Increased Long-Term Risk of Dementia in Patients With Carbon Monoxide Poisoning: A Population-Based Study

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Abstract

Carbon monoxide (CO) poisoning may cause toxicity of the central nervous system and heart. However, the association between CO poisoning and long-term dementia risk remains unestablished. We investigated the incidence of dementia in patients with CO poisoning in Taiwan and evaluated whether they had a higher risk of dementia than did the general population.

A nationwide population-based cohort study was conducted among patients with CO poisoning identified using Taiwan's National Health Insurance Research Database (NHIRD) during 2004 to 2013. CO poisoning was defined according to the International Classification of Diseases, Ninth Revision, Clinical Modification codes. The study cohort comprised patients with CO poisoning between 2005 and 2010 (N = 14,590). Each patient was age-, sex-, and index date-matched with 4 randomly selected controls from the comparison cohort (N = 58,360). All patients were followed from the study date until dementia development, death, or the end of 2013. Cox proportional hazards regressions were performed for comparing the hazard ratios for dementia between the 2 cohorts.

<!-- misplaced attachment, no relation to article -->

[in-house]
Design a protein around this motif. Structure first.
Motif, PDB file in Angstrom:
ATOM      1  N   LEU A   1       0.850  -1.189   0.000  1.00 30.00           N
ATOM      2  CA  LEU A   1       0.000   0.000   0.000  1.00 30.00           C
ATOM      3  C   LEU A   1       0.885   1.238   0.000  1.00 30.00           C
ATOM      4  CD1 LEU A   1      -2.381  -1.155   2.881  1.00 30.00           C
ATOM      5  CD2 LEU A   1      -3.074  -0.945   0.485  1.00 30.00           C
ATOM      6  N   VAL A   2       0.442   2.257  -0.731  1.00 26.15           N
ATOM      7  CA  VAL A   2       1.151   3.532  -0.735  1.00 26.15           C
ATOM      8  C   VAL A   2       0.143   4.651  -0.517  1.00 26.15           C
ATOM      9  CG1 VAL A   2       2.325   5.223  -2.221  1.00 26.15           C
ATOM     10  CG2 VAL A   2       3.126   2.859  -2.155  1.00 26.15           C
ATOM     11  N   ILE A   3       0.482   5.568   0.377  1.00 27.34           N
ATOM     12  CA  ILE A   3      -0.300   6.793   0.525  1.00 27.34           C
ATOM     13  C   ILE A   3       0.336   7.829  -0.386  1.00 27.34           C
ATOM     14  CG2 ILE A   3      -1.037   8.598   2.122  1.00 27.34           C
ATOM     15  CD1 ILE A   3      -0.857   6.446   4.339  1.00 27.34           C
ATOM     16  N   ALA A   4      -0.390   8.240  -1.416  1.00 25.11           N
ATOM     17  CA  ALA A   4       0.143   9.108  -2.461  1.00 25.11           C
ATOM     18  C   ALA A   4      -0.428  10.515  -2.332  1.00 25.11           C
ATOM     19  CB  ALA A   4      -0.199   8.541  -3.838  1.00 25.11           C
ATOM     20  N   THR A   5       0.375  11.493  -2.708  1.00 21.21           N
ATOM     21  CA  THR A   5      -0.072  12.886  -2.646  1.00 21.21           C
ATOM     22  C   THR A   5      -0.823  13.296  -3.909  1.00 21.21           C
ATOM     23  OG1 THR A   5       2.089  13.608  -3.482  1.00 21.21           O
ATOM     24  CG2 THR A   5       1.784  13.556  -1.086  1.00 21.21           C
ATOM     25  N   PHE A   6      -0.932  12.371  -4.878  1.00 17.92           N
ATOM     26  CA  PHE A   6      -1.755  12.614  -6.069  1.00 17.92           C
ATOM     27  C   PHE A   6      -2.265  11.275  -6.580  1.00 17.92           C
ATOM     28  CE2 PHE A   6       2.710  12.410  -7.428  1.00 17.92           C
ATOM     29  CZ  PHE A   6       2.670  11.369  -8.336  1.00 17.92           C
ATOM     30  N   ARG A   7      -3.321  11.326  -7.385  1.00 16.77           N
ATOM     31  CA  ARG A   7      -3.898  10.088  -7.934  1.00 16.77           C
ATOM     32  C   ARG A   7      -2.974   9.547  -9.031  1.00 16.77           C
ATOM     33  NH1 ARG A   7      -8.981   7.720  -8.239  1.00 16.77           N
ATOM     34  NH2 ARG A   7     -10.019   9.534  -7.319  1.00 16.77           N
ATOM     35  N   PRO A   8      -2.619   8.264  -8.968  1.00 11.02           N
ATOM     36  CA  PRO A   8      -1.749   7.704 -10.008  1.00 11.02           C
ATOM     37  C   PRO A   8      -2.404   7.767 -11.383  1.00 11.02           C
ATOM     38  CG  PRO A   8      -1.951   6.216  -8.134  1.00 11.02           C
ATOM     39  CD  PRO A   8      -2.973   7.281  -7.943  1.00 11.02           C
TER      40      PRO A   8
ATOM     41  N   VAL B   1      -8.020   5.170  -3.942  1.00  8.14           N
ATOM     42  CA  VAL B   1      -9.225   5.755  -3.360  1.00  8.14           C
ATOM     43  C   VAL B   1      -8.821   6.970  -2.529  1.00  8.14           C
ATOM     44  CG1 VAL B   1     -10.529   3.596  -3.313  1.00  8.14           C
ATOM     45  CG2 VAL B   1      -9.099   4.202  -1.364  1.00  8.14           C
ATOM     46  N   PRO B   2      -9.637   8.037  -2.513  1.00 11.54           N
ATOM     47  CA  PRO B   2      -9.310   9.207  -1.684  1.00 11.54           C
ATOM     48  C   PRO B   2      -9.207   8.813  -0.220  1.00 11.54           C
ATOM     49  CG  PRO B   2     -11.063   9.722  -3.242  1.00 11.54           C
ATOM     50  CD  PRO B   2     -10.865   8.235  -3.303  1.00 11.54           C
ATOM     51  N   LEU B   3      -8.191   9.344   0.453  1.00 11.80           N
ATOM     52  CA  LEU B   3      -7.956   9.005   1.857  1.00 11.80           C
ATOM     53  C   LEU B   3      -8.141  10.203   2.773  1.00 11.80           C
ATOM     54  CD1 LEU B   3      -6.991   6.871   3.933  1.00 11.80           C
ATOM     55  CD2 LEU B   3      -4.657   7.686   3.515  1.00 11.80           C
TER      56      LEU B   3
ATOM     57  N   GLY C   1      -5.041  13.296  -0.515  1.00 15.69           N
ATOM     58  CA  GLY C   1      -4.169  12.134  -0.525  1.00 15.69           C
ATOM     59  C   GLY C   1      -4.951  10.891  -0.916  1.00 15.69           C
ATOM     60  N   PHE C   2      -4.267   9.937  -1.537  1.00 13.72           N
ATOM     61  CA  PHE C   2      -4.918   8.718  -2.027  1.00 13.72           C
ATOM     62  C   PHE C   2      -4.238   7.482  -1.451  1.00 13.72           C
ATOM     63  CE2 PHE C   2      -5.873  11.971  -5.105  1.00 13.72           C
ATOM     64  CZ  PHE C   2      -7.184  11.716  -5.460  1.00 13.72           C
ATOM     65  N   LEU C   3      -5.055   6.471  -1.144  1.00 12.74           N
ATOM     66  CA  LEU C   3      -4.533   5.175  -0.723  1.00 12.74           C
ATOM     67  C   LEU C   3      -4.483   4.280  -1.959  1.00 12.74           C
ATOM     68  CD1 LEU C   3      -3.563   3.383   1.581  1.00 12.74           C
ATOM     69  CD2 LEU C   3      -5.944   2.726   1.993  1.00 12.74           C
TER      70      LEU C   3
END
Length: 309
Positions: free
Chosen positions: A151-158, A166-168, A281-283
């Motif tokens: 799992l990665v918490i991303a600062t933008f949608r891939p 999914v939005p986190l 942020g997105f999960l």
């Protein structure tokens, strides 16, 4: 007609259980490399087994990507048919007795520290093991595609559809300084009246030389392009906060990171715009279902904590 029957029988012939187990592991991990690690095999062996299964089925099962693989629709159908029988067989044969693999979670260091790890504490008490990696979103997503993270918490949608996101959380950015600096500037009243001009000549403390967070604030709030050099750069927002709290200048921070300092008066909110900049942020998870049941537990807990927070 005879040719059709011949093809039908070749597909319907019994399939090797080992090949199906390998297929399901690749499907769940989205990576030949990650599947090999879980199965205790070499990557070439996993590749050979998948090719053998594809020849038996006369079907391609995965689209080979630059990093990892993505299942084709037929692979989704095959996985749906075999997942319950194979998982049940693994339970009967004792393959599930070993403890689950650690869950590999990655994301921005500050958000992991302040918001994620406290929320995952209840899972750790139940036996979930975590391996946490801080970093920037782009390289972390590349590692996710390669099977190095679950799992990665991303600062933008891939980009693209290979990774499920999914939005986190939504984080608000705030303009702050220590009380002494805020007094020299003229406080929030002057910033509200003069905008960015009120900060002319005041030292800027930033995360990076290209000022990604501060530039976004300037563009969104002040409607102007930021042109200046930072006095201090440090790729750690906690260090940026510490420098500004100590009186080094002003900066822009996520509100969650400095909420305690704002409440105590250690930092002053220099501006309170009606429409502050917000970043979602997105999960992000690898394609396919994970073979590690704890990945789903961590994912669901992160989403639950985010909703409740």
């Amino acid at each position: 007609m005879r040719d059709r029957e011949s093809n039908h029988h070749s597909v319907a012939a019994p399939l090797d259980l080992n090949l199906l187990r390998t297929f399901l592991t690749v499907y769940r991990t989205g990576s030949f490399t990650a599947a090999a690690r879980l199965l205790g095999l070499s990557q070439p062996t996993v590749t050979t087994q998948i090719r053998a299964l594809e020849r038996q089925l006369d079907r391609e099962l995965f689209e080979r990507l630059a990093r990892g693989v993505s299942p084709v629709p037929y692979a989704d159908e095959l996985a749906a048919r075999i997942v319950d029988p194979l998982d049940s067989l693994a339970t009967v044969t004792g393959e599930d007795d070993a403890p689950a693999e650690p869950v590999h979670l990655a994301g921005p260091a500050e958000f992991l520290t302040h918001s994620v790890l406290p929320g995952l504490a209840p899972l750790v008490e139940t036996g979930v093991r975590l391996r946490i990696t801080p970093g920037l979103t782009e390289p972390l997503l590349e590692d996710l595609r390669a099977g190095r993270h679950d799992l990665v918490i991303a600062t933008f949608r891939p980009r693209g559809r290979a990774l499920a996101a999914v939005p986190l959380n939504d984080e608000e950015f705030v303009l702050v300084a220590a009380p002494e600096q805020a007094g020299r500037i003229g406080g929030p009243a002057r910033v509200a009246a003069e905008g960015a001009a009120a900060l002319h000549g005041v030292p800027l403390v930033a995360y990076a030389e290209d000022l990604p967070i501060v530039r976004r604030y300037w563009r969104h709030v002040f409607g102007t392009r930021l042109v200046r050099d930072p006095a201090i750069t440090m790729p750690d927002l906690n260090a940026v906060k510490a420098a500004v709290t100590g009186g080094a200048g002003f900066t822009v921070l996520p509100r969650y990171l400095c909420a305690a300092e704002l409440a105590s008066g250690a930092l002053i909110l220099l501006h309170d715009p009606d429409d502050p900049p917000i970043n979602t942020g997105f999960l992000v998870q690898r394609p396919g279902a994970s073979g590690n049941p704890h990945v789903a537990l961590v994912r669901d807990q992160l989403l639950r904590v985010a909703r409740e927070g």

Incident cases of dementia were identified from the NHIRD.

After adjustment for potential confounders, the study cohort was independently associated with a higher dementia risk (adjusted hazard ratio, 2.75; 95% confidence interval, 2.26–3.35).

This population-based cohort study indicated that patients with CO poisoning have a higher risk of dementia than do people without CO poisoning.

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